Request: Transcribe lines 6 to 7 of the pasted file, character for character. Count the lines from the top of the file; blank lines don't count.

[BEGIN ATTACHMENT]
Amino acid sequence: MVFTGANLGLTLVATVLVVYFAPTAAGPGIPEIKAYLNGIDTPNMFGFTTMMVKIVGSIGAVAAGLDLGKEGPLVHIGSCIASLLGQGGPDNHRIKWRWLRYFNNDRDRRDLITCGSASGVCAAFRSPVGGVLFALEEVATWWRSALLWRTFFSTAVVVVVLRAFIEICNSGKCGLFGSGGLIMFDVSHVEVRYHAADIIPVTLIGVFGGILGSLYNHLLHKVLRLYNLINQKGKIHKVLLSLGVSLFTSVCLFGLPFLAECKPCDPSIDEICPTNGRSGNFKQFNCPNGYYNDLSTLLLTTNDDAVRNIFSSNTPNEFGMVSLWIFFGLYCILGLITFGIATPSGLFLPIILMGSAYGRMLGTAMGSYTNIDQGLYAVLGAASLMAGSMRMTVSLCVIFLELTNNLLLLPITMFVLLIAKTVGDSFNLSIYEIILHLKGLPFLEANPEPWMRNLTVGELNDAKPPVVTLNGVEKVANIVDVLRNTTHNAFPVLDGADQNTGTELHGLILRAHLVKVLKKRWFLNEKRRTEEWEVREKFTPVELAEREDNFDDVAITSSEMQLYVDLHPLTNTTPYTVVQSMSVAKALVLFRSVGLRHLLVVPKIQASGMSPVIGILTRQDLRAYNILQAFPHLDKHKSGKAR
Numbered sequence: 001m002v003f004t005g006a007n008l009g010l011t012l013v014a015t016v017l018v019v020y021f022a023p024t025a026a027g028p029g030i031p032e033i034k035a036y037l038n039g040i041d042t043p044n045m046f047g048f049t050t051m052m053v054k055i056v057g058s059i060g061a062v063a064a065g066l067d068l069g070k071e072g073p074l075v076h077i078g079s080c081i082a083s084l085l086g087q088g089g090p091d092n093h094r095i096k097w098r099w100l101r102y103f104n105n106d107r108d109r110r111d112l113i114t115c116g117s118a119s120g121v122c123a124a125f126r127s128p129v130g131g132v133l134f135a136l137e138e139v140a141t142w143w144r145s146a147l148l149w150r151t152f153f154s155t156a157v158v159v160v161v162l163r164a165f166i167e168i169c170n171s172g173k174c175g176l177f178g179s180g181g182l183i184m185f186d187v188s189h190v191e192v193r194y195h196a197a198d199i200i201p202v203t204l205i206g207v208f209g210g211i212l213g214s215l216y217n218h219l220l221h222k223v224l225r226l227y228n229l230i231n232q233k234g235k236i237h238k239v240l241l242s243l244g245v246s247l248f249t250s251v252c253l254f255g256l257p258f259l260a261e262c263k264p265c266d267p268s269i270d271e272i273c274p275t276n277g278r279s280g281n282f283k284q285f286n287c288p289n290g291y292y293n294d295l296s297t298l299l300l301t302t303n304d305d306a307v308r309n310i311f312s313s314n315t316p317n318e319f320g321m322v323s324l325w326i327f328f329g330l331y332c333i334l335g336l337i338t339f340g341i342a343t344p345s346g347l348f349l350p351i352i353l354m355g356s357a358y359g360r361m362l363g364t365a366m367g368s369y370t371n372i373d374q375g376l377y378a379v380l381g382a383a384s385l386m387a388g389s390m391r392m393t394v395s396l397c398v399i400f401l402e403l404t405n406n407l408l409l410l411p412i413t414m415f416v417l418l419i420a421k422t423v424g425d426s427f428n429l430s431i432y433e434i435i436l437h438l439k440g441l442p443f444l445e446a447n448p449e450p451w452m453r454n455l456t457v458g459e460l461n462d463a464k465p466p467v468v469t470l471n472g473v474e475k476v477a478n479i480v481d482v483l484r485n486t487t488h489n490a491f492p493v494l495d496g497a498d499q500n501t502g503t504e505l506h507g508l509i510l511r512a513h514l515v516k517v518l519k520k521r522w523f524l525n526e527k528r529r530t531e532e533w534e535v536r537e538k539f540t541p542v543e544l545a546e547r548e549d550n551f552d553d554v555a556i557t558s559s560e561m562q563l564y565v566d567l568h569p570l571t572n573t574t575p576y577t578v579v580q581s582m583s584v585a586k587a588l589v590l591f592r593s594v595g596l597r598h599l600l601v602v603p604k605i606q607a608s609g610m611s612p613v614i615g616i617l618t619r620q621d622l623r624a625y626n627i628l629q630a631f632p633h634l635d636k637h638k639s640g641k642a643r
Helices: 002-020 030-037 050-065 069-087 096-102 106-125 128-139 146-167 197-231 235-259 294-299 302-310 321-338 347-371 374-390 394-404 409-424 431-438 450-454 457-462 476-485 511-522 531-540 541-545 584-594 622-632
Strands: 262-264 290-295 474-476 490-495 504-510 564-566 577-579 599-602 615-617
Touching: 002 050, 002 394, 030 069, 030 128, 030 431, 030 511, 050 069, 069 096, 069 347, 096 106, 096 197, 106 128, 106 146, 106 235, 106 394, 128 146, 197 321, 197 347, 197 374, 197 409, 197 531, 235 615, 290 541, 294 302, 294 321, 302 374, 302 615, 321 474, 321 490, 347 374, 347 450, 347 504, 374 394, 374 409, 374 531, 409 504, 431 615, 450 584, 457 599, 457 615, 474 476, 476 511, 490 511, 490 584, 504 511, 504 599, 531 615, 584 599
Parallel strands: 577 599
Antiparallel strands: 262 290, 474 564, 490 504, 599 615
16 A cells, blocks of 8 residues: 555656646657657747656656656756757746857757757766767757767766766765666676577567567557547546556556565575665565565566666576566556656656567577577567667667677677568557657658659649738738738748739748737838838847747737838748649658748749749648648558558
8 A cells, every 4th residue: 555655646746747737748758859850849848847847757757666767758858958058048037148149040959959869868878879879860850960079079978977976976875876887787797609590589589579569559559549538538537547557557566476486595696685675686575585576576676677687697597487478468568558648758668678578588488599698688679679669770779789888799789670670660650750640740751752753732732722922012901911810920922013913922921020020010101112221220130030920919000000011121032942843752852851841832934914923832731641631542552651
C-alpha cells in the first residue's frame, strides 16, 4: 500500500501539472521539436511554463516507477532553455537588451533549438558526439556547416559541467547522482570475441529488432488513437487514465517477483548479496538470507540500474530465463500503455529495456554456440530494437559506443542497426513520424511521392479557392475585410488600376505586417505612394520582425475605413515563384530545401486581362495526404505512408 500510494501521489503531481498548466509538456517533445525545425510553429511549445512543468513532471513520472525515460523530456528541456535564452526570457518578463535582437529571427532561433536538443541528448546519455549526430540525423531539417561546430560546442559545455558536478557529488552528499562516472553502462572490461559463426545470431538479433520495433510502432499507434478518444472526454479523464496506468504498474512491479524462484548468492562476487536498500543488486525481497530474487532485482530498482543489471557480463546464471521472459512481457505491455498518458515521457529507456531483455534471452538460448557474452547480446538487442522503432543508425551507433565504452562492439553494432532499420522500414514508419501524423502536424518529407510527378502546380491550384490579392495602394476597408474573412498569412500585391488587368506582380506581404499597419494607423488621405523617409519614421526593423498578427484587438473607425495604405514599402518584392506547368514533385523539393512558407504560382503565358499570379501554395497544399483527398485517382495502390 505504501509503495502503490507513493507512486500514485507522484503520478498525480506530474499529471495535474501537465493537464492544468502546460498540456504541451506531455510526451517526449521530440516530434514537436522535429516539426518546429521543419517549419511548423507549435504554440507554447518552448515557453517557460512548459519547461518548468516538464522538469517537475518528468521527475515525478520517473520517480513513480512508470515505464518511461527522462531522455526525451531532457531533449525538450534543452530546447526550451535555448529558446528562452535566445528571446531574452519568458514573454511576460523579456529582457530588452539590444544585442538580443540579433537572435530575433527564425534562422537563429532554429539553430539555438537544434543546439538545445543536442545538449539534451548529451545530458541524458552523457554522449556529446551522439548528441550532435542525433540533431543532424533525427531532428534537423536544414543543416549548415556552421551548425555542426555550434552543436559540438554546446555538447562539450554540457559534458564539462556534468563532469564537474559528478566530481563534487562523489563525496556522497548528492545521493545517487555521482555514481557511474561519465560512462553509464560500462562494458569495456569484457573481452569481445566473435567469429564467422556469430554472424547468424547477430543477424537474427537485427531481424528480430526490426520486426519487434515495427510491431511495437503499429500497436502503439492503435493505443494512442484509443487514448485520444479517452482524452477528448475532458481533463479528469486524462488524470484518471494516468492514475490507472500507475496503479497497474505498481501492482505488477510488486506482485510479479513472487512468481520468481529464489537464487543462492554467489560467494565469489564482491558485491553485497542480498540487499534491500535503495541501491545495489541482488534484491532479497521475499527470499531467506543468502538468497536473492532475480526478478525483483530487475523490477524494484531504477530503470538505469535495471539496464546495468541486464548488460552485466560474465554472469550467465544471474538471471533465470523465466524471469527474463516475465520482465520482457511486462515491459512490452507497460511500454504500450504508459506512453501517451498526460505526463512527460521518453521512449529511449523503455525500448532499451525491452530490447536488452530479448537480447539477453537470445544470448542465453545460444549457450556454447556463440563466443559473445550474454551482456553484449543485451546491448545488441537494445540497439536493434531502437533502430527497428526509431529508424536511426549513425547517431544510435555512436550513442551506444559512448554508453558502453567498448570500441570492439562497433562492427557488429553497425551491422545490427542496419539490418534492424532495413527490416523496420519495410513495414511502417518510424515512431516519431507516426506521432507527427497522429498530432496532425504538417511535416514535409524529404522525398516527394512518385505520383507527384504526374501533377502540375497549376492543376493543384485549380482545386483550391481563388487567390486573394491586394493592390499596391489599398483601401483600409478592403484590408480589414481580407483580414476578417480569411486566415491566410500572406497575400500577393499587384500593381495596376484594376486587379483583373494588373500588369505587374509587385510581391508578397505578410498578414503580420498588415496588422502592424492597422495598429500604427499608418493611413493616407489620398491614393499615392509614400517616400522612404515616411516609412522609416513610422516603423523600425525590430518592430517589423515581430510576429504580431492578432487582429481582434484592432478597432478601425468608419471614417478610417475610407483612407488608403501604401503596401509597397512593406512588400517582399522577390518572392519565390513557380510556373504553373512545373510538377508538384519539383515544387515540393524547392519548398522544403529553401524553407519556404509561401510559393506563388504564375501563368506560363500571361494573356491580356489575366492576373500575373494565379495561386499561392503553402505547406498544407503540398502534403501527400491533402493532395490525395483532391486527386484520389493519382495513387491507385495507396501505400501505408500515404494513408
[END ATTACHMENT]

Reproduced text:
Parallel strands: 577 599
Antiparallel strands: 262 290, 474 564, 490 504, 599 615